Aug 2, 2015 This is a work in progress.
- Recognize and familiarize yourself with a diversity of narratives about white privilege.
- Include narratives about shame, white shame, guilt and responsibility. Include common psychological definitions of shame and guilt. Compare and contrast with your narrative about white privilege.
- Recognize that white shame has been used by advocates to compel action.
- Include a recognition of issues of identity. That we may be (and most of us are) strongly attached to feeling good about ourselves and may take unwise action in order to avoid the suffering.
- Clearly articulate your goals for raising the issue of white privilege. What are we hoping will happen in the wake of the exercise that hasn’t been happening before? Upon what evidence has that hope been founded? (Indeed this may be the question to raise first.) [See also: Reasons to be Mindful of White Privilege]
- Observe whether clearly articulating your goal or goals feels subtle or messy. Would a person asking the question lead you to think they are missing the point.
- Recognize that in other contexts students and employees are not asked to recognize their privilege, rather it’s a requirement of the curriculum or employment.
- Focus on the personal experience of white privilege in the present.
- Be aware that theories of causes, interpretations of history, and the implications for engaged action are the more controversial aspects of the question. They may not be necessary for understanding.
- Actively maintain a welcome and opening for questions such as “so what?”. These questions may be asked because of differing views, experiences, and beliefs about society — which is to say, different ideologies / worldviews. Different ideologies will construct different narratives that make sense of white privilege to them.
- Assume that when others appear to be “in denial” or “they just don’t get it” they may be waiting to hear a narrative that speaks to them. I believe for nearly everyone there there is a white privilege narrative that they can related to / will speak to them.
- Assume that many people have had notions of white privilege thrust upon them in an unskillful, manipulative, demonizing and/or hypocritical manner. They may therefor be quite understandably wary. (See the item above about causes, interpretations of history and further implications).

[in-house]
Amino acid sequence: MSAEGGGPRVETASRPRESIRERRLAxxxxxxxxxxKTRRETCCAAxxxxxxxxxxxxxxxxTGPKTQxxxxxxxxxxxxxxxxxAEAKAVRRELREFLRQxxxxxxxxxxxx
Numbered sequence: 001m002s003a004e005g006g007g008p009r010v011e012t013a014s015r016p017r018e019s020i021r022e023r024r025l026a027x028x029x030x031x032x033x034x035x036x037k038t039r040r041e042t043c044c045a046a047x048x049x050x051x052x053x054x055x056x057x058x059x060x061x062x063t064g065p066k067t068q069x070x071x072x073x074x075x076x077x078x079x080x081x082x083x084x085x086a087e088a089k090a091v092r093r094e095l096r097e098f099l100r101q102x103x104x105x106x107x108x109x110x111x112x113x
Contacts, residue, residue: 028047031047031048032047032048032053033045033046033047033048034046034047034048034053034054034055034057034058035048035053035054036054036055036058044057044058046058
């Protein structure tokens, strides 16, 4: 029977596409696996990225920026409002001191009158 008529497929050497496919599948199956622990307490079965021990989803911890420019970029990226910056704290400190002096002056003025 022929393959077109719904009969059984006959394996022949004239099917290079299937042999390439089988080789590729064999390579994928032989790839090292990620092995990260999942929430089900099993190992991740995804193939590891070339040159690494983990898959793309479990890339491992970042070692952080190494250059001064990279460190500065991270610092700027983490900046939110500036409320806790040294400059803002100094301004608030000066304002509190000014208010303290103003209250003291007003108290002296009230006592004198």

- Acknowledge that some narratives of white privilege use “hard sell” techniques, are disrespectful or do not model what they preach. Say that you want / promise to do.
- Remain mindful of the distinction between an honest broker of information and options for action, an advocate, and a stealth advocate. (Stealth advocacy is probably the most destructive and its quite common in political discourse especial discourse that is partly informed by science.)
- Develop your presentation based upon the collective wisdom and experience of a ideologically diverse group. In particular include persons who self identify as liberal or progressive and conservative while also including moderate Republicans and Democrats, Libertarians and Independents/other parties.
- Use the ideologically diverse group to create alternative narratives designed to appeal to different constituencies. (While involving more work some public policy experts say this process is almost a requirement in order to be an honest broker of information and alternatives and to avoid the stealth advocacy trap.)
- Recognize the importance of including a diversity of ideology. Avoid the trap of privileging your own narrative over others. I believe many presentations fail to model the diversity, openness, and self awareness and honesty that seems implicit to the topic.
- Be cognizant of the presence or absence of diversity of political ideology within your group. Buddhist sangas often lean toward those who would self identify as progressive or moderately to strongly liberal. Some conservatives and libertarians may be “in the closet”. There may also be some self-identified liberals who are sharply critical of some aspects of the orthodoxy.
- Be sure that your resources list a diversity of materials reflecting different perspective and narratives. (Shelby Steele and John McWorter are two African American professors who are sharply critical of the most common white privilege narratives. They both are articulate. Videos and/or written material are available on-line for no cost. Neither self-identifies as a conservative while acknowledging that many people see them that way because they challenge a certain orthodoxy. I’ll include links to these and others in a latter post.)
- Recognize and acknowledge criticisms of white privilege.
- Admit that concepts such as social justice are often left poorly defined and articulated. (Articulated descriptions of social justice have varied considerably in the last 180 years since the phrase first appeared in English.)
- Admit that people of good will and compassion have different perceptions of notions such as racism, justice, fairness, compassion and the good society. They differ especially over how to constructively and operationally define it as well as how to achieve those goals.
- Recognize that much of this process recapitulates and illustrates Tatagata’s own process and methods.
- Explicitly define what you do and don’t mean by white privilege.
- Address alternative constructions such as majority privilege.
- Presenters should be familiar with growing literature that documents the systemic privileging of viewpoint in the social sciences, psychology, and various “critical studies’ departments. This represents a system of power and privilege that arguably biases the public’s and scholarly perception, attitudes and beliefs that are highly relevant to issues of race.
- Argyris Model II – free and informed choice, choice of tests & validation, openness about potentially contradictory information or reasoning